Wednesday, March 25, 2009

How green can you go?

Treading lighter on this singular planet of ours is a personal challenge of mine. While I am doing things that I had never conceived of before (e.g., bringing my own towel to work to dry my hands), I am looking for the next step to take. One of my most problematic areas is petroleum consumption. For me, this is more than just the gasoline in my car and the natural gas heating my home and my water; it includes all the plastic holding and wrapping my food. Learning ways to reduce my consumption is important to me, but this is a difficult thing in our oil-based society. (Challenge: think of one thing not touched by oil or oil-based products. Hint: clothing is not one of them.)

What about if you are just getting started? You would like to live greener, but do not know where to get started. There are many posts out there that give you hints, usually along the lines of:
  • Turn off the faucet when brushing your teeth.

  • Change your incandescent bulbs to compact fluorescents.

  • Wash your laundry in cold water.

  • Turn down your water heater to 120 degrees Fahrenheit.

  • Take showers rather than baths.

  • Insulate your water heater and your exterior electrical outlets.

These are easy things, the low-hanging fruit as many people say. However, I am not sure how many people really do these naughty things like let the water run while brushing teeth. This was never advice I had to take because my mom told me run the water only when I needed to wet the toothbrush, rinse the toothbrush and fill the cup to rinse my mouth.

The greatest advice that few people really emphasize is reduce the amount you use. This may be as simple as using a pea-sized amount of toothpaste on your toothbrush rather than the inch suggested by the toothpaste manufacturer or as large as letting your car sit in the garage at least one day a week. If you usually take the car out every day of the week and sometimes multiple times a day to run errands, driving less has a greater effect than changing light bulbs (but CFLs help too).

Generate less garbage by using handkerchiefs, towels and napkins rather than using the disposable paper equivalents. Start composting rather than throwing away food. Think about not only the food but how it is packaged. Buying food with fewer wrappings and boxes means less to throw away or recycle.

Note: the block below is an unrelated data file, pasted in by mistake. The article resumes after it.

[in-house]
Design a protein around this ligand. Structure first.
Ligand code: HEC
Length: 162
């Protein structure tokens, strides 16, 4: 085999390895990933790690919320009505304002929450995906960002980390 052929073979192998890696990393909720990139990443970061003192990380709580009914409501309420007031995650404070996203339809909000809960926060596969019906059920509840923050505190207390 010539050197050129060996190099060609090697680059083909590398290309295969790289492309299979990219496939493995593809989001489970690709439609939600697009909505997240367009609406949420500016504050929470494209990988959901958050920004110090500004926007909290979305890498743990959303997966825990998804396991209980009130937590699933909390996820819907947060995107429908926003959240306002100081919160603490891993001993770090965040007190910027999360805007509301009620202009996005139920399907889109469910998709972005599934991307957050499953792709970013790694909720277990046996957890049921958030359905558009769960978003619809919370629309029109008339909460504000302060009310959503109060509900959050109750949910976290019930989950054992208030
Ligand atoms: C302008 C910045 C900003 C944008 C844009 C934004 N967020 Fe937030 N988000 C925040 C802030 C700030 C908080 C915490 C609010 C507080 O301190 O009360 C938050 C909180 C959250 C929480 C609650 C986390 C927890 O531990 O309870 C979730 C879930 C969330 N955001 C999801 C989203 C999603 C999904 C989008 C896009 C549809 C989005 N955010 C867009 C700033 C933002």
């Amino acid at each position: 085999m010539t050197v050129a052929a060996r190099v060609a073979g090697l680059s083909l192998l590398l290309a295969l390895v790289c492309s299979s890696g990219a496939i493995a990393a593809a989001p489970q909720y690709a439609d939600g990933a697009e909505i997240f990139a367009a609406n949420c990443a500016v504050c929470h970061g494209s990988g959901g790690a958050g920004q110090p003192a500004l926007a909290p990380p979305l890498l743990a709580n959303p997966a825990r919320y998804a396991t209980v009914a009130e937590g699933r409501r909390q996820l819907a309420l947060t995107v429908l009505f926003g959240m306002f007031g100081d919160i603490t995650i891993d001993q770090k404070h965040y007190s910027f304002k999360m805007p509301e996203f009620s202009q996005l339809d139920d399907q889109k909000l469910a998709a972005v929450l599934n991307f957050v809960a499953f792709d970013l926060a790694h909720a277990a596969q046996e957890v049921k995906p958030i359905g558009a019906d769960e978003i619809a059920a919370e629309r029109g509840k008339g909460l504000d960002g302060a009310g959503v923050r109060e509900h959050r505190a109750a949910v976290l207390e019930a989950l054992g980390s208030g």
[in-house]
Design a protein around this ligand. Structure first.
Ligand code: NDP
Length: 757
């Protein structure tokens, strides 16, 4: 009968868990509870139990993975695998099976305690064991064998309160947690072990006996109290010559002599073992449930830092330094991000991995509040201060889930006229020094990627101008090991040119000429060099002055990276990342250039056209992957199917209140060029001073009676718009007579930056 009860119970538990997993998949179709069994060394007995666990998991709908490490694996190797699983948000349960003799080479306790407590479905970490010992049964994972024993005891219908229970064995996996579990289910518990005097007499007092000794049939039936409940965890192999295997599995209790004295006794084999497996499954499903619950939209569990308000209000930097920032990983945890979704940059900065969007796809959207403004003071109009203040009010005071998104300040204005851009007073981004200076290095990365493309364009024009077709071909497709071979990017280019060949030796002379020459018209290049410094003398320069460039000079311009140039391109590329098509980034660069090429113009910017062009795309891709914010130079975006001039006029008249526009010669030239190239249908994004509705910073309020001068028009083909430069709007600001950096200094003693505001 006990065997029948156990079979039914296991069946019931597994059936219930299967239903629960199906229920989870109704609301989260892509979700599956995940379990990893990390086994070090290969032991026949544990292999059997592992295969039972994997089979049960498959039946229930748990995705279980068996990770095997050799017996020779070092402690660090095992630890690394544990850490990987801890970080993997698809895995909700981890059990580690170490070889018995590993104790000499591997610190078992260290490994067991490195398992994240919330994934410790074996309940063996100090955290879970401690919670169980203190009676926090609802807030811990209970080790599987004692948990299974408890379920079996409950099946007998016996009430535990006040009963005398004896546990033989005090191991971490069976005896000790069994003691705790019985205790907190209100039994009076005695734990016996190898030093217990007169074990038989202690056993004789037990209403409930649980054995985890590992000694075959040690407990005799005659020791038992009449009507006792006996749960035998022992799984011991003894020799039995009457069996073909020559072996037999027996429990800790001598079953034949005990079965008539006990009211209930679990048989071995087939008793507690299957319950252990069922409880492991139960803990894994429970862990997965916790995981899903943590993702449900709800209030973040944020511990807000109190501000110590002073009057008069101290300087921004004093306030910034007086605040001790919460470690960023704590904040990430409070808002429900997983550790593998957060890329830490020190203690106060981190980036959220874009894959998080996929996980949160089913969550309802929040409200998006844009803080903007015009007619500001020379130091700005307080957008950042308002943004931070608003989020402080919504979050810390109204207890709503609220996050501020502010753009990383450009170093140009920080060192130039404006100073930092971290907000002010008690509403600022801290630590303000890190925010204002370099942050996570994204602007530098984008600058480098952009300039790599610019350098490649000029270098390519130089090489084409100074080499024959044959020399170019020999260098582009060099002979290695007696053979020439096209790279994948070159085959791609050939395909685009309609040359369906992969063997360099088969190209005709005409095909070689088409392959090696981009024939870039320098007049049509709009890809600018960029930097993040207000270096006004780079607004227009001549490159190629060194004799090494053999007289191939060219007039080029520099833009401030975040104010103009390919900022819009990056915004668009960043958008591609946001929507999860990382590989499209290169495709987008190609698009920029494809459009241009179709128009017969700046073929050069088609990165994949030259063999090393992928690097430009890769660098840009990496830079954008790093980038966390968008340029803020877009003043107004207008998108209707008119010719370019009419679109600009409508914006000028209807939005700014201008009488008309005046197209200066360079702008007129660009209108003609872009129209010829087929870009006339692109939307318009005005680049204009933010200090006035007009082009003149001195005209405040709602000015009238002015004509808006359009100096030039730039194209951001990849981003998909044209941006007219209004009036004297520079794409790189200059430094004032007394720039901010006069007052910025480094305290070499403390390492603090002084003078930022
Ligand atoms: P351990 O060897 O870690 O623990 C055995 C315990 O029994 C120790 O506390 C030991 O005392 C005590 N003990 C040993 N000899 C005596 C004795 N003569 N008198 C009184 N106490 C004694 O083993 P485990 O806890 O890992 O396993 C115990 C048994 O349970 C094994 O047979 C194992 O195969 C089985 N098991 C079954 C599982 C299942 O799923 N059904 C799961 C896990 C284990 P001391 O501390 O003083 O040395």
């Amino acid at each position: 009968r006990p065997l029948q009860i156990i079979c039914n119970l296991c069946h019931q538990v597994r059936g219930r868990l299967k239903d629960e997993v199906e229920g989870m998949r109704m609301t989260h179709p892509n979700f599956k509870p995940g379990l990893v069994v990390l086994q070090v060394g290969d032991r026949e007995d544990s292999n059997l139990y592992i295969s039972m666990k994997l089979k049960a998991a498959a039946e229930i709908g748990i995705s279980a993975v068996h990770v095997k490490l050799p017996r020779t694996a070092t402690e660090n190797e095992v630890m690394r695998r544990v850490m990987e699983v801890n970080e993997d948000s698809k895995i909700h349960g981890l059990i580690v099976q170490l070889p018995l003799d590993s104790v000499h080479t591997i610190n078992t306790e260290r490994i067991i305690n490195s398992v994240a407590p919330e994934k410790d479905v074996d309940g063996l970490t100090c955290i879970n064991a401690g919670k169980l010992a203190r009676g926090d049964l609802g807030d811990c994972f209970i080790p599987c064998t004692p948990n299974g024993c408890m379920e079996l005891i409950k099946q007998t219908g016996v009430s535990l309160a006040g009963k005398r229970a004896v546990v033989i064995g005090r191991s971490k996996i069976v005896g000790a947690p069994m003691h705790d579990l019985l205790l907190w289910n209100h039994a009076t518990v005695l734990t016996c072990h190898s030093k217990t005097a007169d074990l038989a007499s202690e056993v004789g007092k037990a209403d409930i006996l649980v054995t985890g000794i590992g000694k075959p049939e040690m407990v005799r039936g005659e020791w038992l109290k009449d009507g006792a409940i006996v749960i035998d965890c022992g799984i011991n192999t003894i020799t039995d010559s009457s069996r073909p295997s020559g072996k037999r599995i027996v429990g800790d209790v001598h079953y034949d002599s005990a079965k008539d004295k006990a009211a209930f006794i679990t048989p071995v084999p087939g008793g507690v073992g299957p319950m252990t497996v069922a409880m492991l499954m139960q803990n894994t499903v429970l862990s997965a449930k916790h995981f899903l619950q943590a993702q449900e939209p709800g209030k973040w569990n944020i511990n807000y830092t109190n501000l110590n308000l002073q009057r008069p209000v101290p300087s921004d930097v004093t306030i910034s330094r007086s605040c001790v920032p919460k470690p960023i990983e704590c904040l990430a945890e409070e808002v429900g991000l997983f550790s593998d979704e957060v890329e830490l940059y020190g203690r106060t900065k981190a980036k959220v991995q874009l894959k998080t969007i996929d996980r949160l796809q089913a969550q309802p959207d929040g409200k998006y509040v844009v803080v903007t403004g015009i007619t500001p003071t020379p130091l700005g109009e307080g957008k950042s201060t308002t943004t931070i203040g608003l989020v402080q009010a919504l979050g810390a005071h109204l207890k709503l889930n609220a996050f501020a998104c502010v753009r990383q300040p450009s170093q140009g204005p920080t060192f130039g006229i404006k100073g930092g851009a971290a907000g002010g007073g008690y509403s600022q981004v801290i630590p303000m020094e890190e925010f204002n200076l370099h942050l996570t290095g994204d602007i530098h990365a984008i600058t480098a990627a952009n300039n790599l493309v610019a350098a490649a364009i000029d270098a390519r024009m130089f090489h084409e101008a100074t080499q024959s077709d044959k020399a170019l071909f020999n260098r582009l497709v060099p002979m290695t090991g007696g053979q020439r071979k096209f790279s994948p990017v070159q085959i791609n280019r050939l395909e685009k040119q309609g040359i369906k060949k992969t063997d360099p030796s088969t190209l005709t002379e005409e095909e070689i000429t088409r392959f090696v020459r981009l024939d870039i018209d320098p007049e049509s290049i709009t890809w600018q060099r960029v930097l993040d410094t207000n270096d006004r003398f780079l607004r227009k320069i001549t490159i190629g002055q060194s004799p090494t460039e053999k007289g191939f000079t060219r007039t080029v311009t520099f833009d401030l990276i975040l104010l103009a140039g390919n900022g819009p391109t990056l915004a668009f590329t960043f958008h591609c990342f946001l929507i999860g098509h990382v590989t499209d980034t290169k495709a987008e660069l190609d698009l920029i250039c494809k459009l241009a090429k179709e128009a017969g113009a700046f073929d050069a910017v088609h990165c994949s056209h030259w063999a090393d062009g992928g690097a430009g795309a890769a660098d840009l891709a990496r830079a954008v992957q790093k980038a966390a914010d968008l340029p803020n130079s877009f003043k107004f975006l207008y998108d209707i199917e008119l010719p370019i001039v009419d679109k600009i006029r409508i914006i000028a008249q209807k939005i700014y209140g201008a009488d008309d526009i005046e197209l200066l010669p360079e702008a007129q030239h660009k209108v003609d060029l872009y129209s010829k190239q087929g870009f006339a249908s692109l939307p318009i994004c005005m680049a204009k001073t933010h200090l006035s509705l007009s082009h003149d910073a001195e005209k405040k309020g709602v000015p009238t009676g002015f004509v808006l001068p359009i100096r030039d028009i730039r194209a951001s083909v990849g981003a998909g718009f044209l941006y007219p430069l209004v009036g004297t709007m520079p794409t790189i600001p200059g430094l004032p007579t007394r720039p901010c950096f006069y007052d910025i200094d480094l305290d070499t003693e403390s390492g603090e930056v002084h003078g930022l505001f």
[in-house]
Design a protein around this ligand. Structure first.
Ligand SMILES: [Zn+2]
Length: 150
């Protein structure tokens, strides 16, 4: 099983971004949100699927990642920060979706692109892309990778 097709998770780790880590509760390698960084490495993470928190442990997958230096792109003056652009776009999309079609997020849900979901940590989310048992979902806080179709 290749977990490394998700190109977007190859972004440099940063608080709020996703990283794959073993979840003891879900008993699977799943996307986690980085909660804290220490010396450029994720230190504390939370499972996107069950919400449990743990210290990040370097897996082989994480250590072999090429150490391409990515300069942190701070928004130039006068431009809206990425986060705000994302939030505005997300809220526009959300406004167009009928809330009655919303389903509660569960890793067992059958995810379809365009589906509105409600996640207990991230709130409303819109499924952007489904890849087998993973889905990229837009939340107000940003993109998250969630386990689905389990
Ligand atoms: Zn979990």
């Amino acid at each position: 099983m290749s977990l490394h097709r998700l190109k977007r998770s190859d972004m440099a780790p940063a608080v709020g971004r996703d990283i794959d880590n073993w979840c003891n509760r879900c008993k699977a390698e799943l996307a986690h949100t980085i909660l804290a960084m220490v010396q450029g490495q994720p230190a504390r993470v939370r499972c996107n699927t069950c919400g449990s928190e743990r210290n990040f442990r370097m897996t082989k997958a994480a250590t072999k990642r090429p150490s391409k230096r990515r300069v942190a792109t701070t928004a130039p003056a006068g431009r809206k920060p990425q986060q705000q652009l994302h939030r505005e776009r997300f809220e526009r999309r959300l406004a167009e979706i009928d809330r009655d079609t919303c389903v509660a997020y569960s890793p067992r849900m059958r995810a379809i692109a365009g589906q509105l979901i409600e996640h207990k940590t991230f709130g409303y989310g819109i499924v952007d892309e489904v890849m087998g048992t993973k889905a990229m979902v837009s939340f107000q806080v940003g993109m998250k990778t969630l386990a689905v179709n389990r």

Get at your ick factor. I am sure that the "if it's yellow, let it mellow" philosophy would not go down well in some households. Challenge yourself to try it anyway. How about cloth wipes rather than paper? For some people, that is too much, but urine is not dangerous and in fact, makes a great fertilizer. Just use cloth for urine wiping only and see how you like it. If I have offended your sensibilities, purchase toilet paper with the highest post-consumer recycled paper content you can find. Fewer trees will be cut down to wipe your bum.

Go old fashioned. Whether you use a drying rack or a clothesline, hang out your cold-wash-and-rinse laundry. If you mow your lawn, try a reel mower powered by human rather than gasoline or electric engine. I hear it is great exercise and nearly noiseless. Collect rain water and use it to wash your hair (so says my grandmother) or water the new shade trees you planted around the house. Shade is great for keeping the house cool in the summer. Bonus points for planting trees that produce something edible.

Get dirty. Who says you need a lawn? Go native (the naked part is optional) and use plants adapted to the area you are in. Generally, this means lower maintenance and less demand on water. Put in edibles. Be rebellious and put asparagus, beans and rhubarb on your front lawn. Personally, I think okra plants have gorgeous blossoms. Edible does not have to mean ugly. Put in herbs along the sidewalk and people might come from miles around just to walk past your house (and maybe take a sprig or two of basil, oregano and spearmint).

Try a greener item or idea that makes you a bit uncomfortable. You might find you like it. How do you know if you never try it? By extending your reach, you learn what you are capable of accomplishing as well as learning your limits. My colleague may have me beat in petroleum consumption with his constant bicycle usage, but I win in the nondisposable department (go cloth!)

Lest you think I left the frugal part behind--I bet you save money as well. See what trying something new will do for the planet and your bottom line.

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